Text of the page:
In a compelling show at the Contemporary Jewish Museum, three artists present work that addresses conceptions of and attempts towards utopia. In very different visual languages, Elisheva Biernoff, Oded Hirsch, and Ohad Meromi stage interactive tableaux, captivating videos, and participatory sculptures, putting collective effort at the forefront of the exhibition. The idea of utopia is in constant flux, Work in Progress posits, and it is only through combined visions and repeated attempts at understanding that any true progress can be made.
The exhibition cleverly responds to both 'progress' (advancement toward a better state) and 'in progress' (in the course of being carried out). Several of the pieces are literally in progress, whether they are documentation of an ongoing film project or an interactive magnetic board open to visitor additions and rearrangements. Most importantly, the artists' work doesn't feel forced into what could be a heavy-handed or onerous theme. Biernoff, Hirsch, and Meromi all bring the viewer into their highly personal subject matter through the appealing aesthetics of their work and their ability to make small, individualized experiences take on broader implications.
Greeting viewers as they enter the exhibition are Meromi's totem-like sculptures, elements of the installation 1967. A combination of natural and man-made materials in a variety of bright, playful colors makes the pieces irresistibly tactile. On just one I identified foam, a rubber mat, metal strips, and plastic tubes contrasted with unfinished and painted wood, all arranged in a pleasing conglomeration of balanced shapes. Any urge to touch these towers is alleviated by the large interactive stage that dominates the center of the exhibition.
Hanging beside the platform are a number of black fabric and wire costumes, meant to be worn by museum-goers and specially-trained museum staff. A takeaway poster shows sixteen posing figures on one side and a list of forty numbered phrases on the other. The list corresponds to a group of forty concrete panels ringing the stage that abstractly depict isolated daily narratives. Simple instructions encourage visitors to act out "armed youth," "rejoice," and "souvenir." It's easy to quickly relate the scenarios to life in a complicated and volatile land.
While the piece explicitly references border politics and periods of intense conflict, the dress-up/act-out staging is so playful and encouraging, Meromi succeeds at transforming the hard work of considering forty years of life in Israel into a thought-provoking game. Similarly, Oded Hirsch's video and photo work marries levity with solemnity, drawing viewers into his absurdist wordless narratives with choreographed action and superb timing.
In Hirsch's Tochka, a group of blue-uniformed kibbutzniks work together with various tools, materials, and strange Rube Goldbergian devices to build a makeshift structure. (I won't say what, the process of discovery is part of the video's fun.) The workers, all members of Hirsch's kibbutz, labor silently and steadily, seemingly content despite all the heavy lifting. Tochka is simple but effective, documenting a fictionalized version of kibbutz life in which systems work intuitively and cooperatively.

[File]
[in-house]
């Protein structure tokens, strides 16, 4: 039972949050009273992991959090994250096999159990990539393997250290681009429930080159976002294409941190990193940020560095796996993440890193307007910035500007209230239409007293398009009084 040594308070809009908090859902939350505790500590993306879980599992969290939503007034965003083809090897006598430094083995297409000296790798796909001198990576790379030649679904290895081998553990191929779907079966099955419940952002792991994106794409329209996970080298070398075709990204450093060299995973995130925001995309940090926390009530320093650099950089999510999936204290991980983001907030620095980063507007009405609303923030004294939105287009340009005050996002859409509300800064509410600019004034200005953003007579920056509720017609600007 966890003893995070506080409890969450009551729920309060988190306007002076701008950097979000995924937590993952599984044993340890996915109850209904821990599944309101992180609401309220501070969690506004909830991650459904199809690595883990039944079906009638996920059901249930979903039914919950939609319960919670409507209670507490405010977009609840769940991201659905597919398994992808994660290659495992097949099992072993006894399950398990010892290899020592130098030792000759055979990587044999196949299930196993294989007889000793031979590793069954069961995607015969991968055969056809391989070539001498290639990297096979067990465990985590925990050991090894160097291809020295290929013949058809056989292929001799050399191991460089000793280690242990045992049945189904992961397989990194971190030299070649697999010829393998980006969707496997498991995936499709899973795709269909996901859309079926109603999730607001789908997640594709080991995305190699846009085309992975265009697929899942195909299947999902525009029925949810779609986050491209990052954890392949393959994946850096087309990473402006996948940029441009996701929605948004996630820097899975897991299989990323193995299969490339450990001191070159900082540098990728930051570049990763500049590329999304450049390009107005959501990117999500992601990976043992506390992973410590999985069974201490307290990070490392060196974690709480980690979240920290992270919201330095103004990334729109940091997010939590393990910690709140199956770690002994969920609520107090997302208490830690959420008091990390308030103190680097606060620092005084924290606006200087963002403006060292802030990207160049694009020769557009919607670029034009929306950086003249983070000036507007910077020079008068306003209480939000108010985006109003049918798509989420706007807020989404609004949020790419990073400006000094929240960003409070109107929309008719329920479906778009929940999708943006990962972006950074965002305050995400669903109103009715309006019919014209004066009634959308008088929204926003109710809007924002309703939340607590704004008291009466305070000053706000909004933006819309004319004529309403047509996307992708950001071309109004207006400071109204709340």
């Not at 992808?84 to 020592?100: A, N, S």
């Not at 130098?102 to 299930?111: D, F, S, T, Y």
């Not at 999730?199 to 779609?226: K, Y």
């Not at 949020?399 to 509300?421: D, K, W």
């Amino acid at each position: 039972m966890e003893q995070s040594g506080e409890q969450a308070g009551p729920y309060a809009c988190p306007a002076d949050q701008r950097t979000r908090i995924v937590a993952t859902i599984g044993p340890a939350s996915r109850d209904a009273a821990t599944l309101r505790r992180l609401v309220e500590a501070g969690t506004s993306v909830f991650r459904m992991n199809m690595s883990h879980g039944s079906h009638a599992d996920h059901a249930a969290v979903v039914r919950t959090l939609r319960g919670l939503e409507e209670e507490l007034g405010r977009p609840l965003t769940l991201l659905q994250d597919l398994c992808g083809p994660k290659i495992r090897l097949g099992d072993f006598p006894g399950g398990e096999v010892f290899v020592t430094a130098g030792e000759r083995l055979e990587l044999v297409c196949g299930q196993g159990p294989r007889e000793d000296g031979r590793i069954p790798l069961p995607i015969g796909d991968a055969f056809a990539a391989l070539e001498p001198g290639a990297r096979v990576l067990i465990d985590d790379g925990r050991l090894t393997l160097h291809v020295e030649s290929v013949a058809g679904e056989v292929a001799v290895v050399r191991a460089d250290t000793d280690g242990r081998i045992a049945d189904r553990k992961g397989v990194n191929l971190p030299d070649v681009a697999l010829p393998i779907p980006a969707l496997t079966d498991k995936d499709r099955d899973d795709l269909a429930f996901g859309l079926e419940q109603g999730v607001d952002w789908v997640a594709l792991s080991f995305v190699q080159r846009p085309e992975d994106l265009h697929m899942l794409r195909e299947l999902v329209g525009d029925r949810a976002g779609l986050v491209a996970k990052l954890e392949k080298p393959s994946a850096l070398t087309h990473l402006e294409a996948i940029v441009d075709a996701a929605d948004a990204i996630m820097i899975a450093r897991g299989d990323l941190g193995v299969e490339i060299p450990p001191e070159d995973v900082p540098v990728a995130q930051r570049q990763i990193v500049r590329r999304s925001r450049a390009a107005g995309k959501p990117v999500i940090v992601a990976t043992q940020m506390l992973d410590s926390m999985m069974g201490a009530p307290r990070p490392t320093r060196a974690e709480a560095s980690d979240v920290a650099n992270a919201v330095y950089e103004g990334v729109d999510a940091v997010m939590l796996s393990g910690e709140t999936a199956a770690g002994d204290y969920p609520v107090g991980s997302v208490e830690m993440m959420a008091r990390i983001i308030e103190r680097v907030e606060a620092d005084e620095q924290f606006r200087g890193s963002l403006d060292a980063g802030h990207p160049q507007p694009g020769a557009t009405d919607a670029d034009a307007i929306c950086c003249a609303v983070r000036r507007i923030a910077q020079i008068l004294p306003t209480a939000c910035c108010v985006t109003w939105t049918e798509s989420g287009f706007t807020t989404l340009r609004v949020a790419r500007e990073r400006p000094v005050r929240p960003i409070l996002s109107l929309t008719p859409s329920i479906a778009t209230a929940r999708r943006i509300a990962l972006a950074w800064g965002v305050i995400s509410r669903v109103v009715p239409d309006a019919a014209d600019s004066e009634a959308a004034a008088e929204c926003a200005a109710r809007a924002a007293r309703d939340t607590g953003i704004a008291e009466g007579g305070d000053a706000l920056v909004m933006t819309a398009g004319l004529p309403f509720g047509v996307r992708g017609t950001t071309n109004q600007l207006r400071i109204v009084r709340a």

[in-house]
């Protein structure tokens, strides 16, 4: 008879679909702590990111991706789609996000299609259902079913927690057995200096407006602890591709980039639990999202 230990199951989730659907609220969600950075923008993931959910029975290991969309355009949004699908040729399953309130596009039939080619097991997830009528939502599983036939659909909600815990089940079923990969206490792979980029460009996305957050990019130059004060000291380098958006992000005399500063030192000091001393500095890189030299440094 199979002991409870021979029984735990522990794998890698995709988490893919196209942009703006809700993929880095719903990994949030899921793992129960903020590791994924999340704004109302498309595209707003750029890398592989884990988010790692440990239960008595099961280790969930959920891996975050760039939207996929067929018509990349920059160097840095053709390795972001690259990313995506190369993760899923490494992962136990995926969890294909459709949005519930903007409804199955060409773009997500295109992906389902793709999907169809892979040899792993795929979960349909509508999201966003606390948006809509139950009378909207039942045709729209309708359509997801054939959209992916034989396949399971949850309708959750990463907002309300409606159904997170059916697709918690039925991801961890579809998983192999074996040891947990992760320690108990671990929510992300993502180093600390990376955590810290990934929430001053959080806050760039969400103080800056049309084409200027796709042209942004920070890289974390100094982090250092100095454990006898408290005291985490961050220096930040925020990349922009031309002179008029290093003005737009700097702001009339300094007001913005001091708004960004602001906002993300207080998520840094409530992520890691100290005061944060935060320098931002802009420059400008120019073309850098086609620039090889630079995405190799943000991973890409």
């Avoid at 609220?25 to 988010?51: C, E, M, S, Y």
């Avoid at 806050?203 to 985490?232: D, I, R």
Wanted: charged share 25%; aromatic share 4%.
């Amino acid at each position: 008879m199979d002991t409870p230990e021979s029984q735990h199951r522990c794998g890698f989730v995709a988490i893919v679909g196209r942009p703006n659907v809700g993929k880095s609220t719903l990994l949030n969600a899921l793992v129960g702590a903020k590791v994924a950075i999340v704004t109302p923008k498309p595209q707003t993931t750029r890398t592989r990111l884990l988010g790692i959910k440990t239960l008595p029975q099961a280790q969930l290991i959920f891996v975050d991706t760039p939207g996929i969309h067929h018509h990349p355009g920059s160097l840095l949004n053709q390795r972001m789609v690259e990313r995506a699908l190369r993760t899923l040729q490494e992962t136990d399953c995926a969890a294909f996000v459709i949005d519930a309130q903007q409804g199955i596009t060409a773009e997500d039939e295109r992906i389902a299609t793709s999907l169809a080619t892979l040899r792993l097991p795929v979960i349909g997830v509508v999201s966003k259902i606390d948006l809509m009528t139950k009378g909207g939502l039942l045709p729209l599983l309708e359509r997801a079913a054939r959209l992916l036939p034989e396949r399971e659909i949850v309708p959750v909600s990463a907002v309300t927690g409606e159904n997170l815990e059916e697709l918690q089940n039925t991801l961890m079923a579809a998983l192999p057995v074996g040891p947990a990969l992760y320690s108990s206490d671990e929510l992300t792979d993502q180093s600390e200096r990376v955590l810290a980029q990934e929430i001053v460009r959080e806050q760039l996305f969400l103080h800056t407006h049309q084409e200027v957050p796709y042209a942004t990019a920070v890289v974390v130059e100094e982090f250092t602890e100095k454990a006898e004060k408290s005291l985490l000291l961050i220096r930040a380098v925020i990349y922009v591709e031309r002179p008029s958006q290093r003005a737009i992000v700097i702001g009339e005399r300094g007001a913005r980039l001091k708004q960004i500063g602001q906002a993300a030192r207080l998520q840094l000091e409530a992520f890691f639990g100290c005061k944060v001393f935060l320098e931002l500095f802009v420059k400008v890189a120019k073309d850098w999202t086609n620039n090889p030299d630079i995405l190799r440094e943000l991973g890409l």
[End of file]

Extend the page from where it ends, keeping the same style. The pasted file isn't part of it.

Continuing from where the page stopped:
On the opposite wall, 50 Blue depicts Hirsch's brother pushing their wheelchair-bound father across a series of incredibly difficult terrains: through verdant countryside, rocky hillside, muddy roads, and grassy fields. Their journey ends at a body of water where a group of people wearing yellow raincoats hoists the father (and his wheelchair) into an empty watchtower. The end result is mysterious, its significance unknown, but the process of getting there is tense, dramatic, and completely enjoyable.
Last but not least, Elisheva Biernoff's works engage the public in two very different ways. Inside the gallery, a scene of a bucolic countryside is actually a magnetic wall titled The Tools Are in Your Hands. Viewers are invited to "Create your own model of utopia in the landscape" with artist-designed magnets. One hour into the exhibition's opening, the wall was completely covered in various patterns of fish, oranges, and stones.
On the opposite side of the magnet tableau is Biernoff's Approaching Utopia, an unfinished paint-by-numbers rendering of a winged "Utopia" surrounded by the flags of various activist movements. The large-scale wall painting is accessible from within the gallery, but is most affecting from outside the museum, where passersby will witness an "in progress" representation of various progressive agendas.
The premise of Work in Progress: Approaching Utopia, as framed through the lens of Jewish history and thought, creates a structure for contemporary work that is both aesthetically challenging and intellectually meaningful. Utopia is, by its linguistic construction, impossible (Greek: ou 'not' + topos 'place'). But while the artists in Work in Progress may not be able to create utopia, the exhibition makes an irrefutable argument for the importance of art as a tool of social change. The artists' models, socially engaged artwork, and narrative experiments approach utopia, question it, and allow viewers to process the larger issues behind collective attempts at creating paradise.
Work in Progress: Considering Utopia is on view at the Contemporary Jewish Museum through January 20, 2014. For more information visit thecjm.org.